Recent comments by presidential hopeful Michele Bachmann have stirred up the discussion about gay marriage once again. While speaking to a group of high school…
The theologian Stanley Hauerwas begins his recent book War and the American Difference: Theological Reflections on Violence and National Identity with the typically Hauerwasian statement:
This is a modest book with an immodest purpose: to convince Christians that war has been abolished. The grammar of that sentence is very important: the past tense is deliberate. I do not want to convince Christians to work for the abolition of war, but rather I want us to live recognizing that in the cross of Christ war has already been abolished (Kindle 98)
Is it really the case that war has been abolished? Clearly much depends on what Hauerwas means by “already been abolished”. However, reading this opening gambit of Hauerwas I could not help but be reminded of my own experience encountering similar teaching in a different context. I began my Christian life within pentecostalism, even to the point of attending a pentecostal theological college (seminary for US readers). As is well-known pentecostalism is an expressive form of Christianity and one in which God was seen to be very active in the day-to-day affairs of her followers. Miracles were regularly claimed to have happened and, following the interpolated end of Mark’s gospel it was thought divine healing, after the fashion of Jesus’ own ministry, would be a regular feature of the believers’ life.
Belief in divine healing, or at least the possibility of divine healing, is widespread across the Christian church but where a lot of pentecostalism (not all) differed was in the belief put forward in precisely the same terms set out by Hauerwas. In the atonement Jesus made provision for the healing of all sickness. Taking their cue from Isaiah 53 teachers would proclaim that ‘by his stripes you have been healed’ (i.e., the death of Christ provided for the healing of the body in the here and now).
Whilst theologically problematic what made the doctrine extremely damaging was not the conviction that on the cross Jesus defeated sickness but rather the belief that since this healing had already been provided for in the atonement any failure to see healing was a consequence of a lack of faith. The result was a plethora of individuals who claimed their healing ‘in faith’ whilst continuing to exhibit the symptoms of their ailment. And, of course, – so the logic went – since that individual ‘had’ (note the grammar) been healed what reason was there for continued medication? For most this resulted in trials of faith and self recrimination but for an unfortunate few the result was serious illness or death. All because, like Hauerwas, they paid attention to the ‘grammar’ of what Jesus achieved in his atoning death.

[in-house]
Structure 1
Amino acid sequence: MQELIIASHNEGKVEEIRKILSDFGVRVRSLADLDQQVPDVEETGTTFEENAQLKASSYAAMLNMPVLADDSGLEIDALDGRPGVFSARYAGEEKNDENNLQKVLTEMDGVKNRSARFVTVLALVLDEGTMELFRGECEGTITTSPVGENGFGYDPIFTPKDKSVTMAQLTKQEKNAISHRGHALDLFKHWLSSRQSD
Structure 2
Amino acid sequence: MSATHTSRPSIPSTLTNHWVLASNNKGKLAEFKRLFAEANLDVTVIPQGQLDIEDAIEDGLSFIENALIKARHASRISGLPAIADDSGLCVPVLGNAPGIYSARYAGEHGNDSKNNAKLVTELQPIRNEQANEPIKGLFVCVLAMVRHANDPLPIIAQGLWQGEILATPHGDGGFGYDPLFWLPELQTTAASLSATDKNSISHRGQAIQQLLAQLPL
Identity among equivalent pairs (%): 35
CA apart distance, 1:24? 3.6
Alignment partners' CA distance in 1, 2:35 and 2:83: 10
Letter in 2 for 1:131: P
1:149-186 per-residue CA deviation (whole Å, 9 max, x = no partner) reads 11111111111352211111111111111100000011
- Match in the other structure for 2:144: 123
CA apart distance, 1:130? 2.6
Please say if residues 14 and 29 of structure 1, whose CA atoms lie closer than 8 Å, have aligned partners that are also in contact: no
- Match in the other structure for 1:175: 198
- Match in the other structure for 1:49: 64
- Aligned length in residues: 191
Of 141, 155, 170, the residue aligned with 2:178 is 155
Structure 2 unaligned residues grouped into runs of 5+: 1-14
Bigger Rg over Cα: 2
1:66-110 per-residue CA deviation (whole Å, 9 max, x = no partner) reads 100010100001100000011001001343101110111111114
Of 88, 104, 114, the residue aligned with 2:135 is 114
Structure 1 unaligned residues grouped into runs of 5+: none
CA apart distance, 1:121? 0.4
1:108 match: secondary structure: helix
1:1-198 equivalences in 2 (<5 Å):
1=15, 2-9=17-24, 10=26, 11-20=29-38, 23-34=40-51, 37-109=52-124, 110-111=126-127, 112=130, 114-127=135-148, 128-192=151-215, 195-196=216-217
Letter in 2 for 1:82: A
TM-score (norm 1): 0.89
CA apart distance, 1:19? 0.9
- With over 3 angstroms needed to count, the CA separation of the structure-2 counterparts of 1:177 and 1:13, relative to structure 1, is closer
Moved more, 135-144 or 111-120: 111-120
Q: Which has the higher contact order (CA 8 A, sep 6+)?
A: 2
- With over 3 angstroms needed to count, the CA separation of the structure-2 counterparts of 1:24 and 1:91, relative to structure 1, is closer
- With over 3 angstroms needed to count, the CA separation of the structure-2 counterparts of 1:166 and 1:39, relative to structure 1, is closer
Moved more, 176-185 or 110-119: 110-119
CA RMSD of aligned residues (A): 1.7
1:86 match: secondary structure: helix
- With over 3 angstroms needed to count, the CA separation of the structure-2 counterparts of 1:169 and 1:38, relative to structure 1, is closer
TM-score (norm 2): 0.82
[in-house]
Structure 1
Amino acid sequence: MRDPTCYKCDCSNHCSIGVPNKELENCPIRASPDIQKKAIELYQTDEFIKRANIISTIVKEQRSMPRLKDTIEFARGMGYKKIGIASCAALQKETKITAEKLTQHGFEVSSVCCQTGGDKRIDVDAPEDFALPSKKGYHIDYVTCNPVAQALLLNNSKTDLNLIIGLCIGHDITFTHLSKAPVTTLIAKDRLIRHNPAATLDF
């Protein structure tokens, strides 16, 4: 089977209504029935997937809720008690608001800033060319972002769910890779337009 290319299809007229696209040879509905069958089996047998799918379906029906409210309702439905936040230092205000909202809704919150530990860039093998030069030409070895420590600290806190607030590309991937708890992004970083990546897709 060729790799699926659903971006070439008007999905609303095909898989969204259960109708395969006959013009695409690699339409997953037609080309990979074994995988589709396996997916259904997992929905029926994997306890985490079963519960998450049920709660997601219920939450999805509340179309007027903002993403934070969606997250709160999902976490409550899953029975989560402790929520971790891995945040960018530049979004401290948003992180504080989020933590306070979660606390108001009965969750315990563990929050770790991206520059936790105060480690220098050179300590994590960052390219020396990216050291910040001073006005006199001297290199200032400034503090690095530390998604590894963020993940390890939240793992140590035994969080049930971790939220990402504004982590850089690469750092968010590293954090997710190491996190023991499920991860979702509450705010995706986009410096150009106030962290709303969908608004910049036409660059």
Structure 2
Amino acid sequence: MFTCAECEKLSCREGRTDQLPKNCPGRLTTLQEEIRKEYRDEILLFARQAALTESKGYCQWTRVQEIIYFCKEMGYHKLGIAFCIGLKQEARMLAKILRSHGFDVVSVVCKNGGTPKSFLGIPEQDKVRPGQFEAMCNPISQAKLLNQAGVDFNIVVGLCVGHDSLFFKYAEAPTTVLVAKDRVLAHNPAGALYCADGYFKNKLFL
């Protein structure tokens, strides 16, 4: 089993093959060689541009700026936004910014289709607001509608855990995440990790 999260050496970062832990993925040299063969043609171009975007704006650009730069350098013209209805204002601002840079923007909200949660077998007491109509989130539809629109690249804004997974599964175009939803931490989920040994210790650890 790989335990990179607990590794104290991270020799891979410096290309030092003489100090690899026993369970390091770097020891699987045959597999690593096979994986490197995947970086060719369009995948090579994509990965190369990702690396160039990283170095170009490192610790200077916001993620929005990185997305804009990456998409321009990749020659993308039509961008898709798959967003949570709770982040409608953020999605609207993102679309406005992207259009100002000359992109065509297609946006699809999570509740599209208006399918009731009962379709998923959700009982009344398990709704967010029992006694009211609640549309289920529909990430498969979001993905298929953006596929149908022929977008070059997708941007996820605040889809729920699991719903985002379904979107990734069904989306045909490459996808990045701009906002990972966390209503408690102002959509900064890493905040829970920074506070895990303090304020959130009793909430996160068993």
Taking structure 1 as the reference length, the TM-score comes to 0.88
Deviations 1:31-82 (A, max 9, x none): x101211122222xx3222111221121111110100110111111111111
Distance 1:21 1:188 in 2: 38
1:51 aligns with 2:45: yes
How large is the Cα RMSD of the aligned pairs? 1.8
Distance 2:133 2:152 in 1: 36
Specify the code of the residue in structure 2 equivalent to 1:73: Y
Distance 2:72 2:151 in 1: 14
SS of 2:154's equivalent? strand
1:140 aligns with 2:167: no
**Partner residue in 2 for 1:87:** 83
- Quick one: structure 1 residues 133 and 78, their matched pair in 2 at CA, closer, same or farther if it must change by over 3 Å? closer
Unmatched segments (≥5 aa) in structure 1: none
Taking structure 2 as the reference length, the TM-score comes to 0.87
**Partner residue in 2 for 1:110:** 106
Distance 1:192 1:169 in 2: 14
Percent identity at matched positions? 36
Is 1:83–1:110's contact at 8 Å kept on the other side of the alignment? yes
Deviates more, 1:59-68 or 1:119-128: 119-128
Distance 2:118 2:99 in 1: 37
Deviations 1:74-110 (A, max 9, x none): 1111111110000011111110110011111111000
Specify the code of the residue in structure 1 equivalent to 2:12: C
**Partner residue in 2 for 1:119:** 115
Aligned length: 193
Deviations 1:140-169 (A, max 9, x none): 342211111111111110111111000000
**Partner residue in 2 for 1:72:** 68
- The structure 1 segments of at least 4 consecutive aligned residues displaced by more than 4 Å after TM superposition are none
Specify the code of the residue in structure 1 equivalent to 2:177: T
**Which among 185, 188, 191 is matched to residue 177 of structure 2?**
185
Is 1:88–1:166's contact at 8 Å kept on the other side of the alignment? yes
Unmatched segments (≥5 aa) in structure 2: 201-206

So, am I saying Hauerwas is guilty of spiritual abuse in the same manner of these huckster preachers? No, but that does not mean that this line of thinking is not problematic. Hauerwas comments that some may think his grammar of the atonement is ‘foolish,’ he is right, and I count myself among the number of those who do so. Whether God is, to use philosophical language, atemporal (timeless) is a question that has been outstanding for millennia (for the record, I answer in the negative) but the Church is, very much, a product of the world where B follows A and precedes C.
To say that Jesus defeated war in that he opened the possibility for the humanity to share in seeing the unveiling of the reign of God where, as another chapter of Isaiah (11) puts it the “wolf and the lamb shall feed together”, and end all strife is one thing. To say that the wolf and lamb are actually feeding together when, in fact, the wolf is neck-deep feeding on the lamb’s bloody carcass is another thing entirely. To deny this is the case now (which is not the same as saying it always will be the case) amounts to nothing less than a denial of human freedom.
Hauerwas’ broader point – which is surely right – is that the Church should be taking its cue on how it views in the light of the new creation that was begun in Christ. Hauerwas thinks this should be done by denying the reality of war – the problem with such an approach is that this places the imperfect messy church that is made up of sinners on the way to salvation in the same situation as those who ‘named and claimed’ their healing. The New Testament talks of a Church that is vulnerable and riven with strife and offers advice on how to resolve these differences according to a different ethic from that of the world according to the way of Jesus. As the Bride of Christ the church will be ‘made ready’ but we are not there yet; saying otherwise is simply denial.